If it feels like there have been a lot of password hacks this year, it's because there have been more than usual, and Ars Technica's Dan Goodin explains why that is. In short: Password hacking has gotten better, while our password making has gotten worse. "The result: security provided by the average password in 2012 has never been weaker," Goodin writes, which is why it shouldn't surprise you that this year we have heard about security breaches at LinkedIn, eHarmony, Yahoo Voices, and a personal horror story from Wired's Mat Honan. Last year, James Fallows told us about his wife's security situation in The Atlantic story called "Hacked!" And for all the high profile accounts, there are all the ones we don't hear about. It's happening a lot these days.
But why the sudden uptick? Goodin explains:
- Our password habits have gotten worse. "The average Web user maintains 25 separate accounts but uses just 6.5 passwords to protect them, according to a landmark study (PDF) from 2007," he writes. We have more things for which we need to create codes and it takes far too much brain space to store 25 different combos. Having the same passwords for various accounts was what did Fallows' wife in. Plus, the passwords we pick are stupid, as we learned from the Yahoo Voices hack, in which "123456" was (still!) a popular choice. It takes 10 minutes to crack a lower case 6 character password. To avoid this possible issue, we have before suggested picking dumb passwords for sites that don't matter.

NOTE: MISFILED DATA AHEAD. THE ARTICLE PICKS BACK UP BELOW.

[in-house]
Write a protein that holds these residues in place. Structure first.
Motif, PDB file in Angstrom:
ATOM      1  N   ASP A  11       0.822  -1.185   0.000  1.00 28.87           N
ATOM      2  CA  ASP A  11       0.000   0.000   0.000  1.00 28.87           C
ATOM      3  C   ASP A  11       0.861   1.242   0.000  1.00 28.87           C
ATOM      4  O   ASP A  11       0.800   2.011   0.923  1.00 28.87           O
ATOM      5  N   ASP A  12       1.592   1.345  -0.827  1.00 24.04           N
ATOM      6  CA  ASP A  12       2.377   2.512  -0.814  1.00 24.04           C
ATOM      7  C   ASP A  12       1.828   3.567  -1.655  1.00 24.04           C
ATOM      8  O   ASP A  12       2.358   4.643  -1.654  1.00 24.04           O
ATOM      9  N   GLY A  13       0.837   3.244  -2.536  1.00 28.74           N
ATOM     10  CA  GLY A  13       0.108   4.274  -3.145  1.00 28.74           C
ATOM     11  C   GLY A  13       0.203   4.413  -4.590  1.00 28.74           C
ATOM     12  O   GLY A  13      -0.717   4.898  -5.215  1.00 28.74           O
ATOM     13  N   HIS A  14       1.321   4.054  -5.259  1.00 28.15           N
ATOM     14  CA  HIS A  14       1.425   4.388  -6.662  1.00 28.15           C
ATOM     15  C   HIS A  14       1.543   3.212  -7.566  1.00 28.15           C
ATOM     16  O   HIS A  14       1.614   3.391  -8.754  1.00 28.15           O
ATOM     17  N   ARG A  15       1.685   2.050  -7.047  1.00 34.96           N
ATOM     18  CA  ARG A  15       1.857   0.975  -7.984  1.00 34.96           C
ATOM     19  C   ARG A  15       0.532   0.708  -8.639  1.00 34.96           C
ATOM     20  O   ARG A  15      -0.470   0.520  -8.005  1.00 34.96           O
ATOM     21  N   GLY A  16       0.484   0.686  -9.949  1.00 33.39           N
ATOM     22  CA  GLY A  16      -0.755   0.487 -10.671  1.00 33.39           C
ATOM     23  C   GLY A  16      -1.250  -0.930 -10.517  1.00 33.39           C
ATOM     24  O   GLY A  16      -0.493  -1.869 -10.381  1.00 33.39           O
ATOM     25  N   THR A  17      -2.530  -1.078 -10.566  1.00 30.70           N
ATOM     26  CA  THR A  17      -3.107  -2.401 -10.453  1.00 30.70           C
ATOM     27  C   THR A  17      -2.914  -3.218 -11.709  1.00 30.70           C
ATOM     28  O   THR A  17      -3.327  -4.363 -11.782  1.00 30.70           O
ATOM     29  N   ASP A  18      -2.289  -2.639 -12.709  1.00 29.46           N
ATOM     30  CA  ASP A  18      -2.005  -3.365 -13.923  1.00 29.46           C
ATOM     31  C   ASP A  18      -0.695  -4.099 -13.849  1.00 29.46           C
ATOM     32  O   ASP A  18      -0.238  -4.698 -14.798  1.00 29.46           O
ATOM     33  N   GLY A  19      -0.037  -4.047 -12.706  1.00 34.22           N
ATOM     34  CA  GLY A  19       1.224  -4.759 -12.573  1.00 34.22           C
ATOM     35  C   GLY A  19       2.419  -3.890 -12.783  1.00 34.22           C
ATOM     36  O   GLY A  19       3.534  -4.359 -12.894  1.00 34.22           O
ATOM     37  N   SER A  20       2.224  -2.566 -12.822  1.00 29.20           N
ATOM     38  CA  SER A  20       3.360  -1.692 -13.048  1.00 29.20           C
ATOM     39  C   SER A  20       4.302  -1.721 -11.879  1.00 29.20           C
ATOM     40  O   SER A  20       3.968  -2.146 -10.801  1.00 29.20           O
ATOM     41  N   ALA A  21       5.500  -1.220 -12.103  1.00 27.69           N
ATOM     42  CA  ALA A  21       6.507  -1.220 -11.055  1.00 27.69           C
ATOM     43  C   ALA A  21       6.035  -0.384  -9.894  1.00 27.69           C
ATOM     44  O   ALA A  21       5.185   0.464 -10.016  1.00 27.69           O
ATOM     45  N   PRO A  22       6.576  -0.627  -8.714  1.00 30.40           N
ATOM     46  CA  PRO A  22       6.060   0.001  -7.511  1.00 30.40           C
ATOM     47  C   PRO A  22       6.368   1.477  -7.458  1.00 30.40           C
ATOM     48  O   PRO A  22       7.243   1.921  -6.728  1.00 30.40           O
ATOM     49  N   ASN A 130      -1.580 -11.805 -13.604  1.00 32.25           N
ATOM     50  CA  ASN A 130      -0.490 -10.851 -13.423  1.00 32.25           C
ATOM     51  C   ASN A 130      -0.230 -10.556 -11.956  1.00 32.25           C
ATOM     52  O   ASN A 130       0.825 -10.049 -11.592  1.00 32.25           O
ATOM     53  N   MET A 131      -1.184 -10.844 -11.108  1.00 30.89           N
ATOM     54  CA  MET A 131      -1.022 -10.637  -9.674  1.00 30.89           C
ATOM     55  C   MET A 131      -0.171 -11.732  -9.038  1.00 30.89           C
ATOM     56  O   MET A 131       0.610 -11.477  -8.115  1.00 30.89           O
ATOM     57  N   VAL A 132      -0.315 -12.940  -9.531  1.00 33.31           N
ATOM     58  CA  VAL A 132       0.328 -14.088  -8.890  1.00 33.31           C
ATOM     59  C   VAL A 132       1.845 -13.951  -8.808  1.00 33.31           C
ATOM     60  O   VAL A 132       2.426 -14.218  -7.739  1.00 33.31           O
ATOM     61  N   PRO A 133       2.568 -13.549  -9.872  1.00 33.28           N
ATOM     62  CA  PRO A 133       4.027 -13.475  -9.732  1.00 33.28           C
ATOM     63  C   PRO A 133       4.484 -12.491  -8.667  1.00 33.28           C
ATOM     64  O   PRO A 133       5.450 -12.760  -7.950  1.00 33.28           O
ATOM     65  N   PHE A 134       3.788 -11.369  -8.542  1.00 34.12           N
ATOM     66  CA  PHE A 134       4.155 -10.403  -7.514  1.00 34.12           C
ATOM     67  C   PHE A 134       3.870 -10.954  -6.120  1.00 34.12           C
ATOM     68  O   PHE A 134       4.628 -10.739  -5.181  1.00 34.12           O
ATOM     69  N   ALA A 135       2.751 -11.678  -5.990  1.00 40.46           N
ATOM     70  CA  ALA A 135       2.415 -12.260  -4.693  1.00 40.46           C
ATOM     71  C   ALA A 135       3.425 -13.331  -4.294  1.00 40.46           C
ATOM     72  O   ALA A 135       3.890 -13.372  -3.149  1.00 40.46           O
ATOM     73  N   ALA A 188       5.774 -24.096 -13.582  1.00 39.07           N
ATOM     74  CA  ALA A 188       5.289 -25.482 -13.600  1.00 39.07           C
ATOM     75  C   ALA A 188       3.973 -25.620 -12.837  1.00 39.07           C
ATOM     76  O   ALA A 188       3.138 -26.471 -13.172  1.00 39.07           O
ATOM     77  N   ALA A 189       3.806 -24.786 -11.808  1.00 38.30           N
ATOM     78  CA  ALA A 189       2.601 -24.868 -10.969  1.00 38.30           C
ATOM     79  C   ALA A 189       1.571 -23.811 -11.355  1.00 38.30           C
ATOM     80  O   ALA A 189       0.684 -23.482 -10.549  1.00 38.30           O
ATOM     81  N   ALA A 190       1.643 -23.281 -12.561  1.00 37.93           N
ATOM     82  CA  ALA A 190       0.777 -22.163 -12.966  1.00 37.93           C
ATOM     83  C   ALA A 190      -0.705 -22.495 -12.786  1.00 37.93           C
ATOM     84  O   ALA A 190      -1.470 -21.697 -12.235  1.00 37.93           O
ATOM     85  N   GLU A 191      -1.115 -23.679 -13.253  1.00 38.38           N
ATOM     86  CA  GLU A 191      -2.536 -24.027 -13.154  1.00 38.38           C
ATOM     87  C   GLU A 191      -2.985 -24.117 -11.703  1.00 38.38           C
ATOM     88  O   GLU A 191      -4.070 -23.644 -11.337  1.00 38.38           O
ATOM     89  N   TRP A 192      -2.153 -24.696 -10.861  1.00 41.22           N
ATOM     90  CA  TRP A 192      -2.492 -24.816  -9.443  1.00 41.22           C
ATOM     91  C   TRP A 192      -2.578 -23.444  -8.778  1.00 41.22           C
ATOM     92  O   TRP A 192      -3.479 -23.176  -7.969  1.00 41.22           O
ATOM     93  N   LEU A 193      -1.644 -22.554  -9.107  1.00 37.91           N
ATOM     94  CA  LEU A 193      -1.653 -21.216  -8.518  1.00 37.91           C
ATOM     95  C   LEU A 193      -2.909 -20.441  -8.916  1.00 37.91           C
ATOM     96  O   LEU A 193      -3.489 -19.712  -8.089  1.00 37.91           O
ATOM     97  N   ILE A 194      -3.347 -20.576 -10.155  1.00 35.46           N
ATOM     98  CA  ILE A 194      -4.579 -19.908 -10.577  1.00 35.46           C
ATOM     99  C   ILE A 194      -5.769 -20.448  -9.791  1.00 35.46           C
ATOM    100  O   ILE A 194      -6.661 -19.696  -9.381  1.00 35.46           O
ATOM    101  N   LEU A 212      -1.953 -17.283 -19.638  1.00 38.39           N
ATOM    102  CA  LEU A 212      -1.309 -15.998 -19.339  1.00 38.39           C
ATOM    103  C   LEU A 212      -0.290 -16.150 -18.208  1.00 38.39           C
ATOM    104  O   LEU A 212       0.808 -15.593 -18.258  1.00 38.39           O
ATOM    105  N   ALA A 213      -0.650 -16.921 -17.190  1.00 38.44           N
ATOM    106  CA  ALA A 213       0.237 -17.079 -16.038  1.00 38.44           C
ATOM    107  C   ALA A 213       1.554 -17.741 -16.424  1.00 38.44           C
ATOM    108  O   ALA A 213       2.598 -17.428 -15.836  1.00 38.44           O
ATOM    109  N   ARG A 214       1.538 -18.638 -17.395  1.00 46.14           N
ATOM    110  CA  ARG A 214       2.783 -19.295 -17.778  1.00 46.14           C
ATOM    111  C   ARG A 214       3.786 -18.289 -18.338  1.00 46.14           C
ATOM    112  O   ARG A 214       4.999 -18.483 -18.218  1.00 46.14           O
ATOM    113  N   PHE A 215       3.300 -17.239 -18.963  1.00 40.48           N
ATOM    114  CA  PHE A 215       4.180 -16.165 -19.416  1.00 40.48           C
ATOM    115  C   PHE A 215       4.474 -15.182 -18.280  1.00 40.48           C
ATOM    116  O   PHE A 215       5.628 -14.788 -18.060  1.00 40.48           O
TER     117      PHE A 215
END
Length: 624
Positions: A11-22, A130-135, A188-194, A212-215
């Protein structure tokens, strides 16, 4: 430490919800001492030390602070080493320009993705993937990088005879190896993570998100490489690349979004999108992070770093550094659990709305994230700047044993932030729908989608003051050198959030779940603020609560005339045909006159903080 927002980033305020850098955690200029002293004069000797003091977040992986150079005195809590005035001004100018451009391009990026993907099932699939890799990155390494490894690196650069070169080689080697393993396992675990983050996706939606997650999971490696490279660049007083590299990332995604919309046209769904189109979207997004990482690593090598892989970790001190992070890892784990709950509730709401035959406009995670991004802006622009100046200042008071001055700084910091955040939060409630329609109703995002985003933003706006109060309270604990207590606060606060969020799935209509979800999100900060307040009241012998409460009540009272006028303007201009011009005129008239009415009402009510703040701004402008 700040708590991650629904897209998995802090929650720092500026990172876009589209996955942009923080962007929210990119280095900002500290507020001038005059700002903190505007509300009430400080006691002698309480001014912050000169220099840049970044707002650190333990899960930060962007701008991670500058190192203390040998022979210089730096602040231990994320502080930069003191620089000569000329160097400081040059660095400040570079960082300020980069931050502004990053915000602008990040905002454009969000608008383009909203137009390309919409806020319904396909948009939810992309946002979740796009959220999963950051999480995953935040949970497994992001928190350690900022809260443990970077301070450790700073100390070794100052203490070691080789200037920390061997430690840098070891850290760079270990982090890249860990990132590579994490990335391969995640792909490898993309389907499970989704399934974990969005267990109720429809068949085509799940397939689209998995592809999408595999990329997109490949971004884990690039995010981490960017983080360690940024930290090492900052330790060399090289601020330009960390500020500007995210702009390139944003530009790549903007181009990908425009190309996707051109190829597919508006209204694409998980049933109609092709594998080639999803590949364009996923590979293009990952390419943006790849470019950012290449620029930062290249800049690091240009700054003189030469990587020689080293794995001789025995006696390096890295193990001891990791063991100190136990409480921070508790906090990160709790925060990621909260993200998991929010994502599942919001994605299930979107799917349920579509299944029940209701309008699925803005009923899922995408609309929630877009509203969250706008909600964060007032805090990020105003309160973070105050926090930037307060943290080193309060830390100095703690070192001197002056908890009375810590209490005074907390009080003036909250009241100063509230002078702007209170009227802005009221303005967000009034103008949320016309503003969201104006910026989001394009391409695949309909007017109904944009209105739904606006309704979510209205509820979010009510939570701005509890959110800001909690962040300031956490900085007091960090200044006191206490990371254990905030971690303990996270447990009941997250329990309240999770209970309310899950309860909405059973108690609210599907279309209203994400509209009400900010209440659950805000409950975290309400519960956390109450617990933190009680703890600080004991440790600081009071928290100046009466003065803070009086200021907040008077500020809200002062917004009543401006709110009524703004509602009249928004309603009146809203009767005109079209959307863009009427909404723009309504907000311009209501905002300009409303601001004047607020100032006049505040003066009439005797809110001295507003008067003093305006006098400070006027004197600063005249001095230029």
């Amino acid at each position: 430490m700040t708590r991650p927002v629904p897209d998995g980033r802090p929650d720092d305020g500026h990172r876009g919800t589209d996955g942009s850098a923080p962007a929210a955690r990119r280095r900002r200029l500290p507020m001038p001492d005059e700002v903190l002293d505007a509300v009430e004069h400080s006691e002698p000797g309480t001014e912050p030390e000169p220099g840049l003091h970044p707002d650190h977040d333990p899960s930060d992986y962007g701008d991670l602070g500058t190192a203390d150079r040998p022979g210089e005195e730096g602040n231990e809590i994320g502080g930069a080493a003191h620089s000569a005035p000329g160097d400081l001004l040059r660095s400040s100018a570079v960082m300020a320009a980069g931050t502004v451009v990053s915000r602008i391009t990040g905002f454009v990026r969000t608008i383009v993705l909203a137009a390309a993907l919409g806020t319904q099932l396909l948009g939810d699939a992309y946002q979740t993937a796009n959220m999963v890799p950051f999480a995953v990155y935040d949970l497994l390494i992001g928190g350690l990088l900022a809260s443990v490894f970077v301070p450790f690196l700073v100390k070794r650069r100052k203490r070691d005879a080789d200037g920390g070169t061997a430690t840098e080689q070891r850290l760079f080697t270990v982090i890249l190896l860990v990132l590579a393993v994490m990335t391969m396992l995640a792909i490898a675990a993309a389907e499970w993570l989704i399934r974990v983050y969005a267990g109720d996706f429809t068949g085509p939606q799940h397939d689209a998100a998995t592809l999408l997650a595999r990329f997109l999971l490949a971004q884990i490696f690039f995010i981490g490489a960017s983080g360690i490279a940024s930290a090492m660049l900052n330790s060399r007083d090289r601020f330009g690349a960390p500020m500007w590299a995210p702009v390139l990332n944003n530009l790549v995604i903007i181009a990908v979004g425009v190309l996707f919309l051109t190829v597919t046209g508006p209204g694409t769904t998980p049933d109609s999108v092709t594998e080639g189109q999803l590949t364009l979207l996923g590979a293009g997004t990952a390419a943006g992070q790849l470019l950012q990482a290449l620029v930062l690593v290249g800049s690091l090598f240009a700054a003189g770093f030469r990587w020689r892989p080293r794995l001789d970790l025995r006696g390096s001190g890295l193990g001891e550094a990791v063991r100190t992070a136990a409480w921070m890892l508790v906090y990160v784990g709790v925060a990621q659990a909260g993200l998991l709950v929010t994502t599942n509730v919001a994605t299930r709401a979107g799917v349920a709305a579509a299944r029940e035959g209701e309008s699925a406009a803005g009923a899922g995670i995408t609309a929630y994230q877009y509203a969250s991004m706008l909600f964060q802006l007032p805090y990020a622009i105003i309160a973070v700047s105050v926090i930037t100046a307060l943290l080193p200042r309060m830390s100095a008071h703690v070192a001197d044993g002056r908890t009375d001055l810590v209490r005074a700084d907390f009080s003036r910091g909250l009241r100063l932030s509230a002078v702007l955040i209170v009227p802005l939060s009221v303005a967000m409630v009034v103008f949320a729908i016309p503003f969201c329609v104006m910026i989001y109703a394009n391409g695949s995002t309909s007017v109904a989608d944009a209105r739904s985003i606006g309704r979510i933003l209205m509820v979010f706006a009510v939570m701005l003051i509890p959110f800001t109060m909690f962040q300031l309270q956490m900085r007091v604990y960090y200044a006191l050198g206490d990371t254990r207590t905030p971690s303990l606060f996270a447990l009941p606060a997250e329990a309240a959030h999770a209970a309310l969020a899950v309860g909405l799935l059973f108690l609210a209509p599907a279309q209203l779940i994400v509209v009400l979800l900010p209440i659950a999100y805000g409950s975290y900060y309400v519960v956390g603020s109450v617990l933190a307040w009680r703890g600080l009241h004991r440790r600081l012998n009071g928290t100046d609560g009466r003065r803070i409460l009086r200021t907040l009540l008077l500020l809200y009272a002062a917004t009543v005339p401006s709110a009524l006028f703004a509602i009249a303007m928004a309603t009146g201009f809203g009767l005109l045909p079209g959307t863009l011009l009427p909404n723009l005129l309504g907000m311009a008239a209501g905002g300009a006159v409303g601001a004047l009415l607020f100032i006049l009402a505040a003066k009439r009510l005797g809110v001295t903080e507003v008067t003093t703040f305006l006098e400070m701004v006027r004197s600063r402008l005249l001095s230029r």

- Password cracking has gotten better. "Now used increasingly for computing, graphics processors allow password-cracking programs to work thousands of times faster than they did just a decade ago on similarly priced PCs that used traditional CPUs alone," adds Goodin, who details the various tech advancements in hacking. The LinkedIn breach taught us this, leading us to the conclusion that perhaps we need to accept that the modern password isn't good enough anymore.
- There is a hacking network effect. With each hacker password revelation, future thieves learn more about the way the aggregate thinks. "The ever-growing list of leaked passwords allows programmers to write rules that make cracking algorithms faster and more accurate; password attacks have become cut-and-paste exercises that even script kiddies can perform with ease," explains Goodin. For one, it proves people still use "123456" and "password," even after being told lots of time to use better, different passwords. How many of you have started using Gmail's two-tiered authentication?
- Sites have gotten worse at protecting us. Again, a lesson we learned from LinkedIn, in which the company admitted its protective measures weren't good enough. Honan blamed Apple and Amazon for his hack, too. The bulk of Goodin's post goes into the technical specifics of this dangerous state of affairs. Many websites for example don't have enough ""cryptographic 'salt' to passwords to render such attacks infeasible." "To the detriment of millions of Internet users, going without salt is only one of the many sins that popular websites routinely commit against password security," he writes.
Reading Goodin's take confirms to us that we have reached the end of the password as we know it. But what to do now? One could hope that technology fixes everything. Or maybe we should start thinking about the kind of stuff we put on the Internet and how we protect it.
This article is from the archive of our partner The Wire.